Damselflies are beginning to appear, and not just round the environment centre pond. The Large Red Damselfly Pyrrhosoma nymphulais one of the earliest to emerge, and was spotted on several occasions settled on foliage in different parts of the reserve.
Most of last month’s butterflies and all of last month’s ladybirds were seen in May. A Small Copper butterflyLycaena phlaeas was seen in mid-month, bringing the year’s total so far to 11. On the 14th there was a flush of Brimstones Gonepteryx rhamni attracted among other flowers to the Dandelions in the children’s playground. The Harlequin Ladybird Harmonia axyridis appears to be the most abundant of the ladybirds at St Nicks. A recent colonist originating in Asia (see last October’s blog) the Harlequin appears in many different colour forms, from red with multiple small black spots to black with red blotches, and many variations in between.
Micro moths were occasionally seen, including a fine Small Magpie Moth Anania hortulata spotted in the lavatory in the environment centre.
Shieldbugs have been putting on a good show this spring and many mating pairs have been seen among the six species so far observed on the reserve: Gorse, Hawthorn, Green, Parent, Pied and Woundwort. The Parent Bug Elasmucha griseais is aptly-named. Other species of shieldbug leave their eggs, after mating, to hatch on their own, but the female Parent Bug covers and guards her eggs with her body. When the larvae hatch she gathers them around her for a few weeks until they are able to fend for themselves. Why only the Parent Bug does this is not known. The young feed in Birch and Alder trees.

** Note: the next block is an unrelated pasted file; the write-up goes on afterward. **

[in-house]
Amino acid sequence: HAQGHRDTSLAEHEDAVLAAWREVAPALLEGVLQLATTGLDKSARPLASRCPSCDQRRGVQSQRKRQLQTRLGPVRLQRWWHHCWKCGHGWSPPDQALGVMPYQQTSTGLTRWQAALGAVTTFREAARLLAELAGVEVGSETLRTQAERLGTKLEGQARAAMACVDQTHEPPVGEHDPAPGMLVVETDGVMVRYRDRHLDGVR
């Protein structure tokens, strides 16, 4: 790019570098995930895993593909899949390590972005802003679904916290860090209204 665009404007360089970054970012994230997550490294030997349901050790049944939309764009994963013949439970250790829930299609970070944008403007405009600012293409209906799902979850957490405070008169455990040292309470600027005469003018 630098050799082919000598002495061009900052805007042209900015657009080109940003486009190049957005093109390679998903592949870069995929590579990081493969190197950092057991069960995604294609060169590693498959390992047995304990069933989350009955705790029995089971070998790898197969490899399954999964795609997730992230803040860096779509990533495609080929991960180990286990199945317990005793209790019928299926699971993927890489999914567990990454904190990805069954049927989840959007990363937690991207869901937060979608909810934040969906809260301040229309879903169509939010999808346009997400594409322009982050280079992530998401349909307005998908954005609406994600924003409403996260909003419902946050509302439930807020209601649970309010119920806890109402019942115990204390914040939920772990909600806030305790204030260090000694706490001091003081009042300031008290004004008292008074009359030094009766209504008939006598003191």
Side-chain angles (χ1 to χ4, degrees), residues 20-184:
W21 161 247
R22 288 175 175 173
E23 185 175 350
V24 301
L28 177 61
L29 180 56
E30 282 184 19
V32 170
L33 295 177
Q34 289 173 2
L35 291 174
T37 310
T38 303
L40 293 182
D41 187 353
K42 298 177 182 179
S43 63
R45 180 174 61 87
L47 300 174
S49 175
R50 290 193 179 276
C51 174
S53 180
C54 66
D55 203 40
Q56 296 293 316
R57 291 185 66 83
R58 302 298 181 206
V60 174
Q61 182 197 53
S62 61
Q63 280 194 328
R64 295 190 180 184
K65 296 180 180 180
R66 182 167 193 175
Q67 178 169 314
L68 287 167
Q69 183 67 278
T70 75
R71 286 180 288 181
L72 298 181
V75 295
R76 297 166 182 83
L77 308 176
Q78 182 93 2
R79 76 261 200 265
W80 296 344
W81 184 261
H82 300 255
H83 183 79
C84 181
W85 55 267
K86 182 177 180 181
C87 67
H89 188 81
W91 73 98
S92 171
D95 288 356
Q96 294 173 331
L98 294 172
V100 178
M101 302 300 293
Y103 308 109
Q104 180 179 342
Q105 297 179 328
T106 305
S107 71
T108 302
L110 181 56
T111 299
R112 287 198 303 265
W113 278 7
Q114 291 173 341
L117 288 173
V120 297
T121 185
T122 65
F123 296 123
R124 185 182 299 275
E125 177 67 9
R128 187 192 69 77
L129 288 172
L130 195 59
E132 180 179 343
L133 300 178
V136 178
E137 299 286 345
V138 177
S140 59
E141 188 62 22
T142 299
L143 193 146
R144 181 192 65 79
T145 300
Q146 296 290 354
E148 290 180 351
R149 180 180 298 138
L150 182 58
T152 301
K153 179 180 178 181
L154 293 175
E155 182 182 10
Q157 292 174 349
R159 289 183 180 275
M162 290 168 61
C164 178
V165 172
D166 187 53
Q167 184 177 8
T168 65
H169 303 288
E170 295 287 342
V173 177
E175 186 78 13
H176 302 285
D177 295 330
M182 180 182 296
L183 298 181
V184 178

Of the several species of Bumble Bee seen the Common Carder Bombus pascuorum seemed to be the most abundant in May, with its furry bright orange thorax. Flies are becoming abundant around the reserve, and small Greenbottles Lucilia sp. gleam brightly on the foliage. Other obvious flies are the Flesh Fly Sarcophaga sp. with checkerboard abdomen and a Tachinid fly species Tachina fera with attractive red abdominal flanks. Two different picture-winged flies were seen. These are very small and often lay their eggs in flower buds or other plant tissue causing the plant to produce a gall. Next month there will be more about the many galls seen on the trees and other plants on the reserve. Finally, Hoverflies are becoming more and more noticeable. The new species for the reserve seen last month Dasysyrphus albostriatus continued to be seen in May, together with another attractive hoverfly: Eupeodes luniger.
At last, we seem to have firm evidence that Water Voles are breeding at St Nicks. On the 21st, a group of Wildwatchers and the Nature Reserve Manager watched at least one adult and up to two juveniles entering the same burrow holes along Osbaldwick Beck. We have suspected for some time that breeding has occurred on the reserve, but this is the strongest evidence so far.
Grey Squirrel was seen on two of the Wildwatch Wednesdays, but there were no sightings of Rabbit in the month.
Common Newts continue to be seen in the Environment Centre pond, with some photographable views at times.
Note: All the photographs were taken at St Nicks in May 2014